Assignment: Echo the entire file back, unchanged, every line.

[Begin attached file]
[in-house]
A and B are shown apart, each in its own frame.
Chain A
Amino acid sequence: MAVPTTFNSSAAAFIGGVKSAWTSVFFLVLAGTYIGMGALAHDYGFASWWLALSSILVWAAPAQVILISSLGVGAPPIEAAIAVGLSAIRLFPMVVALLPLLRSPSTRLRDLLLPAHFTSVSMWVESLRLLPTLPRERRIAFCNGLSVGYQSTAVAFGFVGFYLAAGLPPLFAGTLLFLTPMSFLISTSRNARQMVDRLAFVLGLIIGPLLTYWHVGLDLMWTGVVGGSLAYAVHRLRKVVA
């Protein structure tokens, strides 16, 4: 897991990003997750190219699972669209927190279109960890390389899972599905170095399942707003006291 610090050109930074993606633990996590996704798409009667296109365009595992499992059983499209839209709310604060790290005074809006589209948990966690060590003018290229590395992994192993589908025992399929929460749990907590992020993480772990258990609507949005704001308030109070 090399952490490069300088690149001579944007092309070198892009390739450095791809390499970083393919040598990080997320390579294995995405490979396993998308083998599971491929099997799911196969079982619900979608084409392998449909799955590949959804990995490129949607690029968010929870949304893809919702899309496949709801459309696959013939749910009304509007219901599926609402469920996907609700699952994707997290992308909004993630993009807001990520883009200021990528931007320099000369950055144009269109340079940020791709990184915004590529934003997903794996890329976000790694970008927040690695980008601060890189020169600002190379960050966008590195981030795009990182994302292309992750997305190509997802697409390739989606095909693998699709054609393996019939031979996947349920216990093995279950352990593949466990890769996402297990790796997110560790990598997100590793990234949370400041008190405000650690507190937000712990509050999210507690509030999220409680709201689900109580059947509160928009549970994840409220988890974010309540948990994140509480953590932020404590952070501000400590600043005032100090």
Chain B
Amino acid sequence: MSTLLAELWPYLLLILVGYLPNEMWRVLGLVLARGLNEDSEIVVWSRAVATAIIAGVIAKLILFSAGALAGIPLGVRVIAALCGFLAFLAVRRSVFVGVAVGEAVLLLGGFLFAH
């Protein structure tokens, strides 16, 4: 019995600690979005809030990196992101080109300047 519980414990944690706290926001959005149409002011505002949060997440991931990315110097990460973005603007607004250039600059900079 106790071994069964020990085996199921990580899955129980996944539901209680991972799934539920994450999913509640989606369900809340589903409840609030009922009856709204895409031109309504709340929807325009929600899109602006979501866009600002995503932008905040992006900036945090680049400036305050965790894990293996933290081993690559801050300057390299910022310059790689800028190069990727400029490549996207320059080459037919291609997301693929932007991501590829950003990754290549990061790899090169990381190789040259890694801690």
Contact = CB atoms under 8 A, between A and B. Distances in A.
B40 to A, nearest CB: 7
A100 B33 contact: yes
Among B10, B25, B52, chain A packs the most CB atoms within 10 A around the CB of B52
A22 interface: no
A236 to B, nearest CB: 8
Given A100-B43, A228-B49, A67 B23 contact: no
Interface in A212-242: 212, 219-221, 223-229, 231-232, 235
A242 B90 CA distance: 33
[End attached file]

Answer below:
[in-house]
A and B are shown apart, each in its own frame.
Chain A
Amino acid sequence: MAVPTTFNSSAAAFIGGVKSAWTSVFFLVLAGTYIGMGALAHDYGFASWWLALSSILVWAAPAQVILISSLGVGAPPIEAAIAVGLSAIRLFPMVVALLPLLRSPSTRLRDLLLPAHFTSVSMWVESLRLLPTLPRERRIAFCNGLSVGYQSTAVAFGFVGFYLAAGLPPLFAGTLLFLTPMSFLISTSRNARQMVDRLAFVLGLIIGPLLTYWHVGLDLMWTGVVGGSLAYAVHRLRKVVA
């Protein structure tokens, strides 16, 4: 897991990003997750190219699972669209927190279109960890390389899972599905170095399942707003006291 610090050109930074993606633990996590996704798409009667296109365009595992499992059983499209839209709310604060790290005074809006589209948990966690060590003018290229590395992994192993589908025992399929929460749990907590992020993480772990258990609507949005704001308030109070 090399952490490069300088690149001579944007092309070198892009390739450095791809390499970083393919040598990080997320390579294995995405490979396993998308083998599971491929099997799911196969079982619900979608084409392998449909799955590949959804990995490129949607690029968010929870949304893809919702899309496949709801459309696959013939749910009304509007219901599926609402469920996907609700699952994707997290992308909004993630993009807001990520883009200021990528931007320099000369950055144009269109340079940020791709990184915004590529934003997903794996890329976000790694970008927040690695980008601060890189020169600002190379960050966008590195981030795009990182994302292309992750997305190509997802697409390739989606095909693998699709054609393996019939031979996947349920216990093995279950352990593949466990890769996402297990790796997110560790990598997100590793990234949370400041008190405000650690507190937000712990509050999210507690509030999220409680709201689900109580059947509160928009549970994840409220988890974010309540948990994140509480953590932020404590952070501000400590600043005032100090």
Chain B
Amino acid sequence: MSTLLAELWPYLLLILVGYLPNEMWRVLGLVLARGLNEDSEIVVWSRAVATAIIAGVIAKLILFSAGALAGIPLGVRVIAALCGFLAFLAVRRSVFVGVAVGEAVLLLGGFLFAH
């Protein structure tokens, strides 16, 4: 019995600690979005809030990196992101080109300047 519980414990944690706290926001959005149409002011505002949060997440991931990315110097990460973005603007607004250039600059900079 106790071994069964020990085996199921990580899955129980996944539901209680991972799934539920994450999913509640989606369900809340589903409840609030009922009856709204895409031109309504709340929807325009929600899109602006979501866009600002995503932008905040992006900036945090680049400036305050965790894990293996933290081993690559801050300057390299910022310059790689800028190069990727400029490549996207320059080459037919291609997301693929932007991501590829950003990754290549990061790899090169990381190789040259890694801690």
Contact = CB atoms under 8 A, between A and B. Distances in A.
B40 to A, nearest CB: 7
A100 B33 contact: yes
Among B10, B25, B52, chain A packs the most CB atoms within 10 A around the CB of B52
A22 interface: no
A236 to B, nearest CB: 8
Given A100-B43, A228-B49, A67 B23 contact: no
Interface in A212-242: 212, 219-221, 223-229, 231-232, 235
A242 B90 CA distance: 33